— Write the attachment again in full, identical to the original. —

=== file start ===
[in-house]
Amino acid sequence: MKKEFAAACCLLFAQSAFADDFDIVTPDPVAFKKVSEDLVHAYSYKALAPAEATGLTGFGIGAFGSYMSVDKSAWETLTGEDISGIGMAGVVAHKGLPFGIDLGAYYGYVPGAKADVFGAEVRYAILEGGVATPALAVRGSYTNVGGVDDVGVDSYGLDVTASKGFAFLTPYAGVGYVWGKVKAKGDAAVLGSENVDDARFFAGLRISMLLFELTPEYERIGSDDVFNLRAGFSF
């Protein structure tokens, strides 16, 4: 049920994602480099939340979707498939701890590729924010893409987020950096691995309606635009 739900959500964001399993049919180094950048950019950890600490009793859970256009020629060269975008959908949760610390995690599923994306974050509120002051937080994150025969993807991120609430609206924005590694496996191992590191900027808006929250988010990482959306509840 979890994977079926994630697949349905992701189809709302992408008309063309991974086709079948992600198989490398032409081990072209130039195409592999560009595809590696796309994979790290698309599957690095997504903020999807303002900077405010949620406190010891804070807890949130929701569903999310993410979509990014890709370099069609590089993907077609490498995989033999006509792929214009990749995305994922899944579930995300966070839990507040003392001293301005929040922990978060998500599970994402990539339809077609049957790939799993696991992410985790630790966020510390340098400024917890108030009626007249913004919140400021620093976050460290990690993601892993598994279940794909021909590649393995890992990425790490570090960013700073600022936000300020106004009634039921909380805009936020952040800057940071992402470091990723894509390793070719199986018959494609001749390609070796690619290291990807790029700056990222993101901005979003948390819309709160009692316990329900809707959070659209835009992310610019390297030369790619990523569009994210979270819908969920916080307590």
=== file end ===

[in-house]
Amino acid sequence: MKKEFAAACCLLFAQSAFADDFDIVTPDPVAFKKVSEDLVHAYSYKALAPAEATGLTGFGIGAFGSYMSVDKSAWETLTGEDISGIGMAGVVAHKGLPFGIDLGAYYGYVPGAKADVFGAEVRYAILEGGVATPALAVRGSYTNVGGVDDVGVDSYGLDVTASKGFAFLTPYAGVGYVWGKVKAKGDAAVLGSENVDDARFFAGLRISMLLFELTPEYERIGSDDVFNLRAGFSF
């Protein structure tokens, strides 16, 4: 049920994602480099939340979707498939701890590729924010893409987020950096691995309606635009 739900959500964001399993049919180094950048950019950890600490009793859970256009020629060269975008959908949760610390995690599923994306974050509120002051937080994150025969993807991120609430609206924005590694496996191992590191900027808006929250988010990482959306509840 979890994977079926994630697949349905992701189809709302992408008309063309991974086709079948992600198989490398032409081990072209130039195409592999560009595809590696796309994979790290698309599957690095997504903020999807303002900077405010949620406190010891804070807890949130929701569903999310993410979509990014890709370099069609590089993907077609490498995989033999006509792929214009990749995305994922899944579930995300966070839990507040003392001293301005929040922990978060998500599970994402990539339809077609049957790939799993696991992410985790630790966020510390340098400024917890108030009626007249913004919140400021620093976050460290990690993601892993598994279940794909021909590649393995890992990425790490570090960013700073600022936000300020106004009634039921909380805009936020952040800057940071992402470091990723894509390793070719199986018959494609001749390609070796690619290291990807790029700056990222993101901005979003948390819309709160009692316990329900809707959070659209835009992310610019390297030369790619990523569009994210979270819908969920916080307590």